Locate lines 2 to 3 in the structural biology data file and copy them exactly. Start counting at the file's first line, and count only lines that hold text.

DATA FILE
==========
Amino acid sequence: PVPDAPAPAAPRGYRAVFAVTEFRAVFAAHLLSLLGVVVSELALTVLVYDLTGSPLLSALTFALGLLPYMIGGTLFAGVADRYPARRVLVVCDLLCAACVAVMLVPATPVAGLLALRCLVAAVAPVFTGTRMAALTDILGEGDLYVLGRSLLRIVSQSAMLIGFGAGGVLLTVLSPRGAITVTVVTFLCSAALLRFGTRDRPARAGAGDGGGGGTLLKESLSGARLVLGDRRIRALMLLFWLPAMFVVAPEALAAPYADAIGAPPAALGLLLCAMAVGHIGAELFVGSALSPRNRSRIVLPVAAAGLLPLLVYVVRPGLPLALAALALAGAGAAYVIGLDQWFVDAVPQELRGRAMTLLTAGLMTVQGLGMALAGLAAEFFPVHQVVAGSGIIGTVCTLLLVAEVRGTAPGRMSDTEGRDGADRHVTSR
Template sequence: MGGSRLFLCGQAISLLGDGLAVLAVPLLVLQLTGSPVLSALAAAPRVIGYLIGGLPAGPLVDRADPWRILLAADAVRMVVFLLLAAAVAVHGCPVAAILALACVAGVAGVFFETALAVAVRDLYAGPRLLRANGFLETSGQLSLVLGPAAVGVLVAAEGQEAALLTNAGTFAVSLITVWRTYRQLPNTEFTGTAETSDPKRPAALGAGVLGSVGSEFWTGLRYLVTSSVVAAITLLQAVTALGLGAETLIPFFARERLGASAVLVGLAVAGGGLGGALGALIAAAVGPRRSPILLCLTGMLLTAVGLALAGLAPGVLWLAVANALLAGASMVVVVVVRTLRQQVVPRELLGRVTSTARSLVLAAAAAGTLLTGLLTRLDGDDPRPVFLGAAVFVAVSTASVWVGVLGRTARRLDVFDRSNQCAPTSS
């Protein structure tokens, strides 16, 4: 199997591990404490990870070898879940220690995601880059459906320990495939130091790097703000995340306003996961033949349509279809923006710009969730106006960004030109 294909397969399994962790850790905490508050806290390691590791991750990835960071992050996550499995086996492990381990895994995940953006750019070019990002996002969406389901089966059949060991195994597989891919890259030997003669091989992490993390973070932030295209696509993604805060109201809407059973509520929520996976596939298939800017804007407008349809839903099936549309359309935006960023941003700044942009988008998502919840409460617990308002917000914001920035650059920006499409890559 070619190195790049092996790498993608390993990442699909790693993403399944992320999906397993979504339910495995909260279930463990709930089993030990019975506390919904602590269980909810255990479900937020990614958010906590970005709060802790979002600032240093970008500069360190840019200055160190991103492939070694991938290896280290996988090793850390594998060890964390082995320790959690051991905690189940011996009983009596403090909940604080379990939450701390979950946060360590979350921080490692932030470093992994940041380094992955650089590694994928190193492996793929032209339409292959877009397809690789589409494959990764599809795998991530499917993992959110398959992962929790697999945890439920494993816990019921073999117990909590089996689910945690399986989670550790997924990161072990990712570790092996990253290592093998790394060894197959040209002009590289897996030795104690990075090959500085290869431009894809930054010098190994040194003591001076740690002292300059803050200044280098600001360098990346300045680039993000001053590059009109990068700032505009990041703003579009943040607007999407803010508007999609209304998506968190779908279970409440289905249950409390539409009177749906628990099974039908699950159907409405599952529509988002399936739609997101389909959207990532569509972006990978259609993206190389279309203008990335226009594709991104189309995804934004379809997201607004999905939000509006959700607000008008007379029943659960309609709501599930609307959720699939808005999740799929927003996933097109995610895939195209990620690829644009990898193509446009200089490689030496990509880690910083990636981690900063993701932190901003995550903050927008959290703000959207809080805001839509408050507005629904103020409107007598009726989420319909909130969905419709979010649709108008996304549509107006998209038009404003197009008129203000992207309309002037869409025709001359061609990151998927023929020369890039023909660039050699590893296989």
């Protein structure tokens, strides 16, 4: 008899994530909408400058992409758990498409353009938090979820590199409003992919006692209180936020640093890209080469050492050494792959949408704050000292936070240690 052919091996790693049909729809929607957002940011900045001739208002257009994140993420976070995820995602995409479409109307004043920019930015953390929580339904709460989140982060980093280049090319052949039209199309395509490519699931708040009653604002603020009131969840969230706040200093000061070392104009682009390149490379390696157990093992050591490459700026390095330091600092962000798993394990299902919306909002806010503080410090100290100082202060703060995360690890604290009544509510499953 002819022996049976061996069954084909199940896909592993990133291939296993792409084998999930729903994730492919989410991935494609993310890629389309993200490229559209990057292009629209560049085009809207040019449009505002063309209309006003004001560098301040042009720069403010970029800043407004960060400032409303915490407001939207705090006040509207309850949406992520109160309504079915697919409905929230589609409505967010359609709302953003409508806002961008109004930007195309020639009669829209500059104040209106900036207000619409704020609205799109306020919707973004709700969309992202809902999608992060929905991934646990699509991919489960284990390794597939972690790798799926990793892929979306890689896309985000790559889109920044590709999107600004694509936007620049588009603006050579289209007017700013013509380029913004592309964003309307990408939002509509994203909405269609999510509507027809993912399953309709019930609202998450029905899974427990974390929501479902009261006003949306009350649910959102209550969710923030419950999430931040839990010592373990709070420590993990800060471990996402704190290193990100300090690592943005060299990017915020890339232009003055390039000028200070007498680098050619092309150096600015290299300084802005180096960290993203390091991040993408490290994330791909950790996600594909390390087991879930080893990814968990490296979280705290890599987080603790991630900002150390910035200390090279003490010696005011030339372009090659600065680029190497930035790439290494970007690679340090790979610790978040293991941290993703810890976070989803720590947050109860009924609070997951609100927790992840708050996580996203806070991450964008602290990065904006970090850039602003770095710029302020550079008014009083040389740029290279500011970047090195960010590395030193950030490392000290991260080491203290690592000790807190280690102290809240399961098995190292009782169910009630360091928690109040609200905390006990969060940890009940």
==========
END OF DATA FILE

Template sequence: MGGSRLFLCGQAISLLGDGLAVLAVPLLVLQLTGSPVLSALAAAPRVIGYLIGGLPAGPLVDRADPWRILLAADAVRMVVFLLLAAAVAVHGCPVAAILALACVAGVAGVFFETALAVAVRDLYAGPRLLRANGFLETSGQLSLVLGPAAVGVLVAAEGQEAALLTNAGTFAVSLITVWRTYRQLPNTEFTGTAETSDPKRPAALGAGVLGSVGSEFWTGLRYLVTSSVVAAITLLQAVTALGLGAETLIPFFARERLGASAVLVGLAVAGGGLGGALGALIAAAVGPRRSPILLCLTGMLLTAVGLALAGLAPGVLWLAVANALLAGASMVVVVVVRTLRQQVVPRELLGRVTSTARSLVLAAAAAGTLLTGLLTRLDGDDPRPVFLGAAVFVAVSTASVWVGVLGRTARRLDVFDRSNQCAPTSS
């Protein structure tokens, strides 16, 4: 199997591990404490990870070898879940220690995601880059459906320990495939130091790097703000995340306003996961033949349509279809923006710009969730106006960004030109 294909397969399994962790850790905490508050806290390691590791991750990835960071992050996550499995086996492990381990895994995940953006750019070019990002996002969406389901089966059949060991195994597989891919890259030997003669091989992490993390973070932030295209696509993604805060109201809407059973509520929520996976596939298939800017804007407008349809839903099936549309359309935006960023941003700044942009988008998502919840409460617990308002917000914001920035650059920006499409890559 070619190195790049092996790498993608390993990442699909790693993403399944992320999906397993979504339910495995909260279930463990709930089993030990019975506390919904602590269980909810255990479900937020990614958010906590970005709060802790979002600032240093970008500069360190840019200055160190991103492939070694991938290896280290996988090793850390594998060890964390082995320790959690051991905690189940011996009983009596403090909940604080379990939450701390979950946060360590979350921080490692932030470093992994940041380094992955650089590694994928190193492996793929032209339409292959877009397809690789589409494959990764599809795998991530499917993992959110398959992962929790697999945890439920494993816990019921073999117990909590089996689910945690399986989670550790997924990161072990990712570790092996990253290592093998790394060894197959040209002009590289897996030795104690990075090959500085290869431009894809930054010098190994040194003591001076740690002292300059803050200044280098600001360098990346300045680039993000001053590059009109990068700032505009990041703003579009943040607007999407803010508007999609209304998506968190779908279970409440289905249950409390539409009177749906628990099974039908699950159907409405599952529509988002399936739609997101389909959207990532569509972006990978259609993206190389279309203008990335226009594709991104189309995804934004379809997201607004999905939000509006959700607000008008007379029943659960309609709501599930609307959720699939808005999740799929927003996933097109995610895939195209990620690829644009990898193509446009200089490689030496990509880690910083990636981690900063993701932190901003995550903050927008959290703000959207809080805001839509408050507005629904103020409107007598009726989420319909909130969905419709979010649709108008996304549509107006998209038009404003197009008129203000992207309309002037869409025709001359061609990151998927023929020369890039023909660039050699590893296989």